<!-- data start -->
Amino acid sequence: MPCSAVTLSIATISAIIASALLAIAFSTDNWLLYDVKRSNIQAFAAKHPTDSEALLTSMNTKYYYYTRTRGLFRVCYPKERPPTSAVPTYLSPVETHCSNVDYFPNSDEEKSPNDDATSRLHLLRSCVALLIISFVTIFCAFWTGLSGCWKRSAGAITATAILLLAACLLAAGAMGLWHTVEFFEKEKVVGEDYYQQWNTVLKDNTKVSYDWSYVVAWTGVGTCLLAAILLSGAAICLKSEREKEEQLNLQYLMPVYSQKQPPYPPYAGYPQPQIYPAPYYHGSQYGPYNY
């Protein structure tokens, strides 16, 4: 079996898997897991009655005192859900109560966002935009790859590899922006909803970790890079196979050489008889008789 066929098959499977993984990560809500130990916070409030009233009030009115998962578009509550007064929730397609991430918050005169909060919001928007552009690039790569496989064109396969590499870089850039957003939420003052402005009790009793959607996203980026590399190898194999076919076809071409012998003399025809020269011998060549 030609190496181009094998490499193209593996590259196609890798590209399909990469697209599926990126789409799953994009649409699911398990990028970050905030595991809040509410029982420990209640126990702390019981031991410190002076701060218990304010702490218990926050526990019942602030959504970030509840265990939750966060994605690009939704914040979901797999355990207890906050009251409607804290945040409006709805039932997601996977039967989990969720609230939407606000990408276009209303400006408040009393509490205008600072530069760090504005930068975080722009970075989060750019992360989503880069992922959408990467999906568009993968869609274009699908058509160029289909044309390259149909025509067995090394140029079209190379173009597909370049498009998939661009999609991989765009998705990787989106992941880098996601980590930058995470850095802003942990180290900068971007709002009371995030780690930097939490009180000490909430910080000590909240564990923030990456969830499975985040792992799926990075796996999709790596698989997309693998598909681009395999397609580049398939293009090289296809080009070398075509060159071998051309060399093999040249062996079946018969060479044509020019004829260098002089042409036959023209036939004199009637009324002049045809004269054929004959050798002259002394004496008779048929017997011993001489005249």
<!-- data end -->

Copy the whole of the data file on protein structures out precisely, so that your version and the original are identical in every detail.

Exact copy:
Amino acid sequence: MPCSAVTLSIATISAIIASALLAIAFSTDNWLLYDVKRSNIQAFAAKHPTDSEALLTSMNTKYYYYTRTRGLFRVCYPKERPPTSAVPTYLSPVETHCSNVDYFPNSDEEKSPNDDATSRLHLLRSCVALLIISFVTIFCAFWTGLSGCWKRSAGAITATAILLLAACLLAAGAMGLWHTVEFFEKEKVVGEDYYQQWNTVLKDNTKVSYDWSYVVAWTGVGTCLLAAILLSGAAICLKSEREKEEQLNLQYLMPVYSQKQPPYPPYAGYPQPQIYPAPYYHGSQYGPYNY
């Protein structure tokens, strides 16, 4: 079996898997897991009655005192859900109560966002935009790859590899922006909803970790890079196979050489008889008789 066929098959499977993984990560809500130990916070409030009233009030009115998962578009509550007064929730397609991430918050005169909060919001928007552009690039790569496989064109396969590499870089850039957003939420003052402005009790009793959607996203980026590399190898194999076919076809071409012998003399025809020269011998060549 030609190496181009094998490499193209593996590259196609890798590209399909990469697209599926990126789409799953994009649409699911398990990028970050905030595991809040509410029982420990209640126990702390019981031991410190002076701060218990304010702490218990926050526990019942602030959504970030509840265990939750966060994605690009939704914040979901797999355990207890906050009251409607804290945040409006709805039932997601996977039967989990969720609230939407606000990408276009209303400006408040009393509490205008600072530069760090504005930068975080722009970075989060750019992360989503880069992922959408990467999906568009993968869609274009699908058509160029289909044309390259149909025509067995090394140029079209190379173009597909370049498009998939661009999609991989765009998705990787989106992941880098996601980590930058995470850095802003942990180290900068971007709002009371995030780690930097939490009180000490909430910080000590909240564990923030990456969830499975985040792992799926990075796996999709790596698989997309693998598909681009395999397609580049398939293009090289296809080009070398075509060159071998051309060399093999040249062996079946018969060479044509020019004829260098002089042409036959023209036939004199009637009324002049045809004269054929004959050798002259002394004496008779048929017997011993001489005249």